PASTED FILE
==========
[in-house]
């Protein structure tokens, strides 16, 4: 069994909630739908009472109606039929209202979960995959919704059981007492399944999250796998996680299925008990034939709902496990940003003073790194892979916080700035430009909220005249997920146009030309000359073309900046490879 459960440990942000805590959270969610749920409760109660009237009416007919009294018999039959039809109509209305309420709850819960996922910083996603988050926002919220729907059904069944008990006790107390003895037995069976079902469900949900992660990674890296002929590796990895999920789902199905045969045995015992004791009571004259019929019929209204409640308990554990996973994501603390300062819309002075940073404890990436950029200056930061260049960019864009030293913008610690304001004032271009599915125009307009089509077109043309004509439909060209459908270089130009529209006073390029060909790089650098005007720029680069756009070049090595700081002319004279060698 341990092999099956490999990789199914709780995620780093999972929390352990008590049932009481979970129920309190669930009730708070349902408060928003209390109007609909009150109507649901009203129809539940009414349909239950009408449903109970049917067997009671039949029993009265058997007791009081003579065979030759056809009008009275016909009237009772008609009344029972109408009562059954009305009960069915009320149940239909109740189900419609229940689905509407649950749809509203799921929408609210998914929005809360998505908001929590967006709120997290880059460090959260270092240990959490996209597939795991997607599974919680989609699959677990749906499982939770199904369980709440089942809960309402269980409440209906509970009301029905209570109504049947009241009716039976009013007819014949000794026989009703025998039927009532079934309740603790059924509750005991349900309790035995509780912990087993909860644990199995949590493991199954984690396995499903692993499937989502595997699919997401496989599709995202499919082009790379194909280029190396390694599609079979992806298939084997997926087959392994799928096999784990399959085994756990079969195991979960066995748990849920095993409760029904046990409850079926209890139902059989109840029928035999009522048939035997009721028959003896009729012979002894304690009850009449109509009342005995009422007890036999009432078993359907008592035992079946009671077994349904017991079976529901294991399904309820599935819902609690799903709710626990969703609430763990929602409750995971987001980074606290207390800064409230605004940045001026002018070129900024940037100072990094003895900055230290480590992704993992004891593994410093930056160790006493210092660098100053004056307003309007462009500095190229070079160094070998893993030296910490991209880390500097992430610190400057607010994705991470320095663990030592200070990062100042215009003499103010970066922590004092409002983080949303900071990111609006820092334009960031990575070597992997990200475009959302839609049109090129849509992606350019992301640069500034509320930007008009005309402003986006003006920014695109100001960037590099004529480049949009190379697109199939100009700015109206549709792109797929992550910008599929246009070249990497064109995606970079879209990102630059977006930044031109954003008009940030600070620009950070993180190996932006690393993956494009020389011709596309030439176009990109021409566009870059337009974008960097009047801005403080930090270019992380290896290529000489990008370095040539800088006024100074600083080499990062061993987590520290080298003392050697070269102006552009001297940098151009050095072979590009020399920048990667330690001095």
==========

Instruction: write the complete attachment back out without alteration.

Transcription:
[in-house]
């Protein structure tokens, strides 16, 4: 069994909630739908009472109606039929209202979960995959919704059981007492399944999250796998996680299925008990034939709902496990940003003073790194892979916080700035430009909220005249997920146009030309000359073309900046490879 459960440990942000805590959270969610749920409760109660009237009416007919009294018999039959039809109509209305309420709850819960996922910083996603988050926002919220729907059904069944008990006790107390003895037995069976079902469900949900992660990674890296002929590796990895999920789902199905045969045995015992004791009571004259019929019929209204409640308990554990996973994501603390300062819309002075940073404890990436950029200056930061260049960019864009030293913008610690304001004032271009599915125009307009089509077109043309004509439909060209459908270089130009529209006073390029060909790089650098005007720029680069756009070049090595700081002319004279060698 341990092999099956490999990789199914709780995620780093999972929390352990008590049932009481979970129920309190669930009730708070349902408060928003209390109007609909009150109507649901009203129809539940009414349909239950009408449903109970049917067997009671039949029993009265058997007791009081003579065979030759056809009008009275016909009237009772008609009344029972109408009562059954009305009960069915009320149940239909109740189900419609229940689905509407649950749809509203799921929408609210998914929005809360998505908001929590967006709120997290880059460090959260270092240990959490996209597939795991997607599974919680989609699959677990749906499982939770199904369980709440089942809960309402269980409440209906509970009301029905209570109504049947009241009716039976009013007819014949000794026989009703025998039927009532079934309740603790059924509750005991349900309790035995509780912990087993909860644990199995949590493991199954984690396995499903692993499937989502595997699919997401496989599709995202499919082009790379194909280029190396390694599609079979992806298939084997997926087959392994799928096999784990399959085994756990079969195991979960066995748990849920095993409760029904046990409850079926209890139902059989109840029928035999009522048939035997009721028959003896009729012979002894304690009850009449109509009342005995009422007890036999009432078993359907008592035992079946009671077994349904017991079976529901294991399904309820599935819902609690799903709710626990969703609430763990929602409750995971987001980074606290207390800064409230605004940045001026002018070129900024940037100072990094003895900055230290480590992704993992004891593994410093930056160790006493210092660098100053004056307003309007462009500095190229070079160094070998893993030296910490991209880390500097992430610190400057607010994705991470320095663990030592200070990062100042215009003499103010970066922590004092409002983080949303900071990111609006820092334009960031990575070597992997990200475009959302839609049109090129849509992606350019992301640069500034509320930007008009005309402003986006003006920014695109100001960037590099004529480049949009190379697109199939100009700015109206549709792109797929992550910008599929246009070249990497064109995606970079879209990102630059977006930044031109954003008009940030600070620009950070993180190996932006690393993956494009020389011709596309030439176009990109021409566009870059337009974008960097009047801005403080930090270019992380290896290529000489990008370095040539800088006024100074600083080499990062061993987590520290080298003392050697070269102006552009001297940098151009050095072979590009020399920048990667330690001095």